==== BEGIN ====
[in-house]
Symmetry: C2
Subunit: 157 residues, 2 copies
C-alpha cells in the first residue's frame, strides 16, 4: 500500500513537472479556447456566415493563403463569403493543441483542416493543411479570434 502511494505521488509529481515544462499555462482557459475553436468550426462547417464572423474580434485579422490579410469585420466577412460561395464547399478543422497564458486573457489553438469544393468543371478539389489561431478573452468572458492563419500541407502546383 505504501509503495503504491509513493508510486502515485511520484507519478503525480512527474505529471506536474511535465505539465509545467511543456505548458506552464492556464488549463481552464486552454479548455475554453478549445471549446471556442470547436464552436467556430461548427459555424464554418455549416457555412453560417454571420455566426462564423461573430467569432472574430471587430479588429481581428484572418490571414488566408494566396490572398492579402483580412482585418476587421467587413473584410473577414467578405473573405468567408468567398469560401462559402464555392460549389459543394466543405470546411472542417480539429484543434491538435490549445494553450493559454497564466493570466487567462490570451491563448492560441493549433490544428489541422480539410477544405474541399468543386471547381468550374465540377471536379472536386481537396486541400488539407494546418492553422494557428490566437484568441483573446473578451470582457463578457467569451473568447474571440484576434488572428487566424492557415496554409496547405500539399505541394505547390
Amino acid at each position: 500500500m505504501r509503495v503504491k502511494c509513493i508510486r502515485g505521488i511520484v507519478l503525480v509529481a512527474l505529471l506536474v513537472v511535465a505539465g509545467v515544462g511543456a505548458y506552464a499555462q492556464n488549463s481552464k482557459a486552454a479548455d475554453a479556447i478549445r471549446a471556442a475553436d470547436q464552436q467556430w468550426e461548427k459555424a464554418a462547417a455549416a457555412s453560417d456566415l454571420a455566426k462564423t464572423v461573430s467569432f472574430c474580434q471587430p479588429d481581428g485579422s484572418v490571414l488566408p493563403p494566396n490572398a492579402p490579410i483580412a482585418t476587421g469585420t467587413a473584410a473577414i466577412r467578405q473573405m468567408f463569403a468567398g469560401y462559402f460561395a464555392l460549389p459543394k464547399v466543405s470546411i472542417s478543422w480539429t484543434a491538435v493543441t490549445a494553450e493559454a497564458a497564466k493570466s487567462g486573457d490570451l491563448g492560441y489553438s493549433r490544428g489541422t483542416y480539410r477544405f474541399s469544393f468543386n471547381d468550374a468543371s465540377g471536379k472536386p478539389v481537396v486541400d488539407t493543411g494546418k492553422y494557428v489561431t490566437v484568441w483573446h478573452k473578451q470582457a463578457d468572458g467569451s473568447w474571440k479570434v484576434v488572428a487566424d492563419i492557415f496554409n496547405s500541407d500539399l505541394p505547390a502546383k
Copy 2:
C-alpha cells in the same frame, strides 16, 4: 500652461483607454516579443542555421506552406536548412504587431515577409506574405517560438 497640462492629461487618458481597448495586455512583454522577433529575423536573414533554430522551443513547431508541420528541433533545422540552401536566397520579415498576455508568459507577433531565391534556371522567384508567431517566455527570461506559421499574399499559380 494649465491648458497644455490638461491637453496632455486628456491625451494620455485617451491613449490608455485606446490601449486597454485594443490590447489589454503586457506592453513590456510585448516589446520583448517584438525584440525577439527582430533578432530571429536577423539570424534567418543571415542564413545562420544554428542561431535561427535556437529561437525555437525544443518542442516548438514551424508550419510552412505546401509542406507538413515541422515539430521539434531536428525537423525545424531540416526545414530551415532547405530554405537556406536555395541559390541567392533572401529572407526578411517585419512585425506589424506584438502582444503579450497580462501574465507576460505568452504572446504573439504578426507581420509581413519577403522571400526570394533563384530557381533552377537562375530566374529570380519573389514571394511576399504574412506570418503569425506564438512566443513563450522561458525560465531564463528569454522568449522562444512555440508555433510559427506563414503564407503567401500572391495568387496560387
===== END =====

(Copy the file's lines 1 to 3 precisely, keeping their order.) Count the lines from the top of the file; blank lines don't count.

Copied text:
[in-house]
Symmetry: C2
Subunit: 157 residues, 2 copies